Five Star Roundup 405: Five Great Blog Posts and a Jay Asher Quote
This week's Five Star Roundup great posts are brought to you by surveillance capitalism, a mild ailment with a hefty history, a radical act, an impossible decision, a beloved father, and Jay Asher:
"Build a Better Monster" by Maciej Cegłowski at Idle Words:
We built the commercial internet by mastering techniques of persuasion and surveillance that we’ve extended to billions of people, including essentially the entire population of the Western democracies. But admitting that this tool of social control might be conducive to authoritarianism is not something we’re ready to face. After all, we're good people. We like freedom. How could we have built tools that subvert it?
"Family Genes" by Neil Kramer at Citizen of the Month:
This mild ailment has plagued me my entire life. The anxiety was mostly self-made, intensified by a family that didn’t communicate. I’m sure my father felt guilty for passing the disorder to me, which became a barrier between us, and the reason he avoided telling me about his past.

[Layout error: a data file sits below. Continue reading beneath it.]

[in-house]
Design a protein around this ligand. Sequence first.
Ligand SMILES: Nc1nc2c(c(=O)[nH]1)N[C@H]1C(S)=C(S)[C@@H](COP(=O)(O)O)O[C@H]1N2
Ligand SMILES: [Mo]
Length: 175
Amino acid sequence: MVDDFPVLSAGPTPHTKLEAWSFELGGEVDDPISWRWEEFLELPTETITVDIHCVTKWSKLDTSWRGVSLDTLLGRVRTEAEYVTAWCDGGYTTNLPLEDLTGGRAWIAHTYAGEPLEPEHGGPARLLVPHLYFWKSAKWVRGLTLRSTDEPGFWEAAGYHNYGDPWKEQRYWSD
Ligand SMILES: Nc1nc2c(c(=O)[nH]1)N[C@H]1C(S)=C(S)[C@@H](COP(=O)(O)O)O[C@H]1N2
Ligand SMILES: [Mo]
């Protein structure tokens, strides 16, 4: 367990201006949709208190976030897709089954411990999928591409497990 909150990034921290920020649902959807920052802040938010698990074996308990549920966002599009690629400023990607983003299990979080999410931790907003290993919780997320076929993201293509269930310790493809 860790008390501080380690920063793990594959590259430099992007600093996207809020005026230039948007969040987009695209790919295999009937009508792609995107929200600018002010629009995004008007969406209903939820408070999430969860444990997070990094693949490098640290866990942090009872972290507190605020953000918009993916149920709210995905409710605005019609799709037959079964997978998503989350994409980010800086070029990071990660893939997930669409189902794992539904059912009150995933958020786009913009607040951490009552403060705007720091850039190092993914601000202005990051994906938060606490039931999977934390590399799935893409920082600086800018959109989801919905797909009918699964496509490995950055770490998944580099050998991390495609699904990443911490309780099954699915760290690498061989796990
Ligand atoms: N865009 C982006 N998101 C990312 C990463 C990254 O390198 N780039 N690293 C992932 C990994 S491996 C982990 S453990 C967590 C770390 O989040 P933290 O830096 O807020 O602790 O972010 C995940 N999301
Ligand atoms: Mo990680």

"On Fearless Girl, women & public art; or, no, seriously, the guy does not have a point." by Caroline Criado-Perez at Caroline Criado-Perez:
Greg Fallis may not agree, but all of this is also relevant context to the meaning and importance of Fearless Girl. The vast majority of female statues are of nude sexualised women in the role of adoring muse to male brains (I mean, come on, half naked Euterpe is literally weeping over a male HEAD). The representation of a defiant, clothed, non-sexualised female in a prominent work of art is still vanishingly rare — and is therefore a radical act no matter who commissioned it and what the artistic intent was.
"Antipodes" by Jim Wright at Stonekettle Station:
He wants to throw in with the mansions, like Reagan and Bush and his billionaire friends.
But he can’t abandon the shacks, because his ego needs their cheering more than his wallet needs the billionaires’ money…
"My Father Died" by Brenda Keesal at Burns the Fire:
After he died, I told everyone, he was a great Dad, and opened my arms. My father held me my whole life. After they cleaned up his body, I went back to tell him again.
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